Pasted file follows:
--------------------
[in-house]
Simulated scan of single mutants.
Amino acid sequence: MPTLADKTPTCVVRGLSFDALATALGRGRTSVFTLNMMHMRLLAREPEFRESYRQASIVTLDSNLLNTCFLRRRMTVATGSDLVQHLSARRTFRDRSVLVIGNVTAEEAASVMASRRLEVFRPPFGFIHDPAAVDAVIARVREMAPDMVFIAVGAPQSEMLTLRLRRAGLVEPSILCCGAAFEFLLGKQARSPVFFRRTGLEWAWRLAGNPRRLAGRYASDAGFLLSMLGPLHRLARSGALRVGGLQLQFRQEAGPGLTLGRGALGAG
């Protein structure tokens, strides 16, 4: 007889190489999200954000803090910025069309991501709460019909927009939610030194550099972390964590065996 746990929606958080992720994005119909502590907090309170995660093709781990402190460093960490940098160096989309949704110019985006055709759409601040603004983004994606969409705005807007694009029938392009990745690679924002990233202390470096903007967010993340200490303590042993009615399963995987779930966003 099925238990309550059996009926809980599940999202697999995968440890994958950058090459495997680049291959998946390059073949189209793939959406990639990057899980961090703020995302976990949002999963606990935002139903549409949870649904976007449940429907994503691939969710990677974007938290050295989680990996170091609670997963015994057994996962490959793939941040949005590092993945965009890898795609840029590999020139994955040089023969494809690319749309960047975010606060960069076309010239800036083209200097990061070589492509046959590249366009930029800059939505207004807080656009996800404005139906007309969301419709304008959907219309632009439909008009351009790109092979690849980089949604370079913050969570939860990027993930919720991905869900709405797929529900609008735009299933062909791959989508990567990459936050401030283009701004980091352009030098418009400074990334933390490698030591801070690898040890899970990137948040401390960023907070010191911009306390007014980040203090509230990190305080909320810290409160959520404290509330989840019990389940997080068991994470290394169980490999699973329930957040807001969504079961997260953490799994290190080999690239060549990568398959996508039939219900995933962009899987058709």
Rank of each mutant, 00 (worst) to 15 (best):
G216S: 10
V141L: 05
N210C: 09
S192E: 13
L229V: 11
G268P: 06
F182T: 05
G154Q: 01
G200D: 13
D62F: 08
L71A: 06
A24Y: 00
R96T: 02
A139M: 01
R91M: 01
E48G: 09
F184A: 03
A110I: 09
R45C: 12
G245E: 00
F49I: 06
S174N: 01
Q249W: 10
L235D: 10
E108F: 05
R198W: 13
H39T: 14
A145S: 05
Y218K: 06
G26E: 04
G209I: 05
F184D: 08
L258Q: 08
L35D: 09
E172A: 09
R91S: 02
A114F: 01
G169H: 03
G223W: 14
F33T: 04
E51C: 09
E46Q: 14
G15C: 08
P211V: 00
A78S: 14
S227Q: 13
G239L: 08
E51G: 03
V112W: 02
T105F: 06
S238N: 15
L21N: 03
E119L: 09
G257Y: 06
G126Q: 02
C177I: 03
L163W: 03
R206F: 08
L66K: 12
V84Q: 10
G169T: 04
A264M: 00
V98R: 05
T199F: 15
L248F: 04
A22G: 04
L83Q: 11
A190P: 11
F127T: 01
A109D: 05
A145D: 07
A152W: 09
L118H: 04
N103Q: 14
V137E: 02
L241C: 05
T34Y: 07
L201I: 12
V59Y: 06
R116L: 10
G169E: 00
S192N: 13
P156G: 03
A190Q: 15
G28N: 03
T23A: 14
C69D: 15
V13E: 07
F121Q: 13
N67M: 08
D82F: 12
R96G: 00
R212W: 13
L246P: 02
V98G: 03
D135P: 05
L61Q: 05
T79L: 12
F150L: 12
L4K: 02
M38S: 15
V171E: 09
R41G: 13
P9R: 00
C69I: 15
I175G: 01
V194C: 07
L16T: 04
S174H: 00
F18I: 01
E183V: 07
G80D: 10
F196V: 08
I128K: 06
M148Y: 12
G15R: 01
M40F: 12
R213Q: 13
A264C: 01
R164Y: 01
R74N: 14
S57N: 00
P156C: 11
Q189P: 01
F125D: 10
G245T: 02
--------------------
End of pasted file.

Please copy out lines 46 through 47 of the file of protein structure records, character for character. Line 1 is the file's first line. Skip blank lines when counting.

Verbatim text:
E51C: 09
E46Q: 14